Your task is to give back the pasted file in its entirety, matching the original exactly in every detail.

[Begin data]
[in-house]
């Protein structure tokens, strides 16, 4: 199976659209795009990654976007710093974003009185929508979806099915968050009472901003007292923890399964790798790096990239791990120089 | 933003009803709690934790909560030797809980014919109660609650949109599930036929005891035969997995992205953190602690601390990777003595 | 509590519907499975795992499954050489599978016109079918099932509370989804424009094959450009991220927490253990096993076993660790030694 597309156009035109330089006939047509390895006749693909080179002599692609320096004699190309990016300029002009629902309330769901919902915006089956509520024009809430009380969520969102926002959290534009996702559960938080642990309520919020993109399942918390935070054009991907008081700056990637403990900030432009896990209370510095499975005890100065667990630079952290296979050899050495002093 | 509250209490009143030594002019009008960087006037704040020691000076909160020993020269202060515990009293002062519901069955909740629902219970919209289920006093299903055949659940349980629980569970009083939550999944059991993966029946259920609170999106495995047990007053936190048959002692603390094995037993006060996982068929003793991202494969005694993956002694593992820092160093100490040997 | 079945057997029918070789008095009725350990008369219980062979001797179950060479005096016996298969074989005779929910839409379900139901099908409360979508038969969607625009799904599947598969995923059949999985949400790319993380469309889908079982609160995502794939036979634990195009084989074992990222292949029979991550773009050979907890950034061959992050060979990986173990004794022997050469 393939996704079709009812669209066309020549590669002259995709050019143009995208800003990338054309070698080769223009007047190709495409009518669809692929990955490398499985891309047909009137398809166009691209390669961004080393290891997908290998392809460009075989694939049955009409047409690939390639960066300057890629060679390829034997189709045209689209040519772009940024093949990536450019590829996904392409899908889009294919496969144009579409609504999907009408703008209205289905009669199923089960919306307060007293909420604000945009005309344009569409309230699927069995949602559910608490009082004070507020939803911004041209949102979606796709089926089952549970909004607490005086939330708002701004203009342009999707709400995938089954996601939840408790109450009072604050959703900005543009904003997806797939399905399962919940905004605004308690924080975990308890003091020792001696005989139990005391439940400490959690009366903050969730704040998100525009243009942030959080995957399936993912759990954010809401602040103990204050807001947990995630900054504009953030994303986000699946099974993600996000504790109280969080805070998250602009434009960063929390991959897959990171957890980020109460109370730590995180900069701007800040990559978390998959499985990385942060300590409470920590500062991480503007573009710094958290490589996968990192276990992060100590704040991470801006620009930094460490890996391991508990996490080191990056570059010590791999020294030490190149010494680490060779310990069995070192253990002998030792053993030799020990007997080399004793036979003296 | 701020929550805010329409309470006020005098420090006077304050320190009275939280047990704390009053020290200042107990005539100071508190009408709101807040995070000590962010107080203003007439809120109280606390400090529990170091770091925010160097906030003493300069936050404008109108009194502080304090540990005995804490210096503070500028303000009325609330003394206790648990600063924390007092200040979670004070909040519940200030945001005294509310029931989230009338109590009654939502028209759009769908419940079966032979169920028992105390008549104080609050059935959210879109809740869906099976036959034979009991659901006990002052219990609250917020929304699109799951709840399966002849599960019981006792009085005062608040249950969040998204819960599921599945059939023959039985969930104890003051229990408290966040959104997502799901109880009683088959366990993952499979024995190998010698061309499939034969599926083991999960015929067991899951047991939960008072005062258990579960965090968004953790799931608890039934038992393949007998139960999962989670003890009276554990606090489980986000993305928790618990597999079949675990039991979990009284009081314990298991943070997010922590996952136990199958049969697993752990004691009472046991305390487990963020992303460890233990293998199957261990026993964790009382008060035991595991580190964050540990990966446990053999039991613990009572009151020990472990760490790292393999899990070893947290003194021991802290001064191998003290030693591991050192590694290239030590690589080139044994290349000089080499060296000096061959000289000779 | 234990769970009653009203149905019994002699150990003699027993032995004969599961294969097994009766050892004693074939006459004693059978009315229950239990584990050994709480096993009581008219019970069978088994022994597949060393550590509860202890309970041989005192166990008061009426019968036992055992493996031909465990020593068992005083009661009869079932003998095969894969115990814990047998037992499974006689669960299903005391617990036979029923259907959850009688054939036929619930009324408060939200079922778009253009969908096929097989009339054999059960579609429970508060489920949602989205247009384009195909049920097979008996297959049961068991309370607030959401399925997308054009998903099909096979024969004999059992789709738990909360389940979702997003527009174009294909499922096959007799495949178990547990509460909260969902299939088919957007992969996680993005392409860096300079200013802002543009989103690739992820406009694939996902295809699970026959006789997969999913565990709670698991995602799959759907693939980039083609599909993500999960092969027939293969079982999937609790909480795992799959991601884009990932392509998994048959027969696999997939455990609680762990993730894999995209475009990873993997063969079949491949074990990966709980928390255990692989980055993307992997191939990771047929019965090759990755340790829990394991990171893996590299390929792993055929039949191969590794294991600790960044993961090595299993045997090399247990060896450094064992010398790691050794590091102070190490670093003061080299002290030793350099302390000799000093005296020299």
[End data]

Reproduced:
[in-house]
């Protein structure tokens, strides 16, 4: 199976659209795009990654976007710093974003009185929508979806099915968050009472901003007292923890399964790798790096990239791990120089 | 933003009803709690934790909560030797809980014919109660609650949109599930036929005891035969997995992205953190602690601390990777003595 | 509590519907499975795992499954050489599978016109079918099932509370989804424009094959450009991220927490253990096993076993660790030694 597309156009035109330089006939047509390895006749693909080179002599692609320096004699190309990016300029002009629902309330769901919902915006089956509520024009809430009380969520969102926002959290534009996702559960938080642990309520919020993109399942918390935070054009991907008081700056990637403990900030432009896990209370510095499975005890100065667990630079952290296979050899050495002093 | 509250209490009143030594002019009008960087006037704040020691000076909160020993020269202060515990009293002062519901069955909740629902219970919209289920006093299903055949659940349980629980569970009083939550999944059991993966029946259920609170999106495995047990007053936190048959002692603390094995037993006060996982068929003793991202494969005694993956002694593992820092160093100490040997 | 079945057997029918070789008095009725350990008369219980062979001797179950060479005096016996298969074989005779929910839409379900139901099908409360979508038969969607625009799904599947598969995923059949999985949400790319993380469309889908079982609160995502794939036979634990195009084989074992990222292949029979991550773009050979907890950034061959992050060979990986173990004794022997050469 393939996704079709009812669209066309020549590669002259995709050019143009995208800003990338054309070698080769223009007047190709495409009518669809692929990955490398499985891309047909009137398809166009691209390669961004080393290891997908290998392809460009075989694939049955009409047409690939390639960066300057890629060679390829034997189709045209689209040519772009940024093949990536450019590829996904392409899908889009294919496969144009579409609504999907009408703008209205289905009669199923089960919306307060007293909420604000945009005309344009569409309230699927069995949602559910608490009082004070507020939803911004041209949102979606796709089926089952549970909004607490005086939330708002701004203009342009999707709400995938089954996601939840408790109450009072604050959703900005543009904003997806797939399905399962919940905004605004308690924080975990308890003091020792001696005989139990005391439940400490959690009366903050969730704040998100525009243009942030959080995957399936993912759990954010809401602040103990204050807001947990995630900054504009953030994303986000699946099974993600996000504790109280969080805070998250602009434009960063929390991959897959990171957890980020109460109370730590995180900069701007800040990559978390998959499985990385942060300590409470920590500062991480503007573009710094958290490589996968990192276990992060100590704040991470801006620009930094460490890996391991508990996490080191990056570059010590791999020294030490190149010494680490060779310990069995070192253990002998030792053993030799020990007997080399004793036979003296 | 701020929550805010329409309470006020005098420090006077304050320190009275939280047990704390009053020290200042107990005539100071508190009408709101807040995070000590962010107080203003007439809120109280606390400090529990170091770091925010160097906030003493300069936050404008109108009194502080304090540990005995804490210096503070500028303000009325609330003394206790648990600063924390007092200040979670004070909040519940200030945001005294509310029931989230009338109590009654939502028209759009769908419940079966032979169920028992105390008549104080609050059935959210879109809740869906099976036959034979009991659901006990002052219990609250917020929304699109799951709840399966002849599960019981006792009085005062608040249950969040998204819960599921599945059939023959039985969930104890003051229990408290966040959104997502799901109880009683088959366990993952499979024995190998010698061309499939034969599926083991999960015929067991899951047991939960008072005062258990579960965090968004953790799931608890039934038992393949007998139960999962989670003890009276554990606090489980986000993305928790618990597999079949675990039991979990009284009081314990298991943070997010922590996952136990199958049969697993752990004691009472046991305390487990963020992303460890233990293998199957261990026993964790009382008060035991595991580190964050540990990966446990053999039991613990009572009151020990472990760490790292393999899990070893947290003194021991802290001064191998003290030693591991050192590694290239030590690589080139044994290349000089080499060296000096061959000289000779 | 234990769970009653009203149905019994002699150990003699027993032995004969599961294969097994009766050892004693074939006459004693059978009315229950239990584990050994709480096993009581008219019970069978088994022994597949060393550590509860202890309970041989005192166990008061009426019968036992055992493996031909465990020593068992005083009661009869079932003998095969894969115990814990047998037992499974006689669960299903005391617990036979029923259907959850009688054939036929619930009324408060939200079922778009253009969908096929097989009339054999059960579609429970508060489920949602989205247009384009195909049920097979008996297959049961068991309370607030959401399925997308054009998903099909096979024969004999059992789709738990909360389940979702997003527009174009294909499922096959007799495949178990547990509460909260969902299939088919957007992969996680993005392409860096300079200013802002543009989103690739992820406009694939996902295809699970026959006789997969999913565990709670698991995602799959759907693939980039083609599909993500999960092969027939293969079982999937609790909480795992799959991601884009990932392509998994048959027969696999997939455990609680762990993730894999995209475009990873993997063969079949491949074990990966709980928390255990692989980055993307992997191939990771047929019965090759990755340790829990394991990171893996590299390929792993055929039949191969590794294991600790960044993961090595299993045997090399247990060896450094064992010398790691050794590091102070190490670093003061080299002290030793350099302390000799000093005296020299």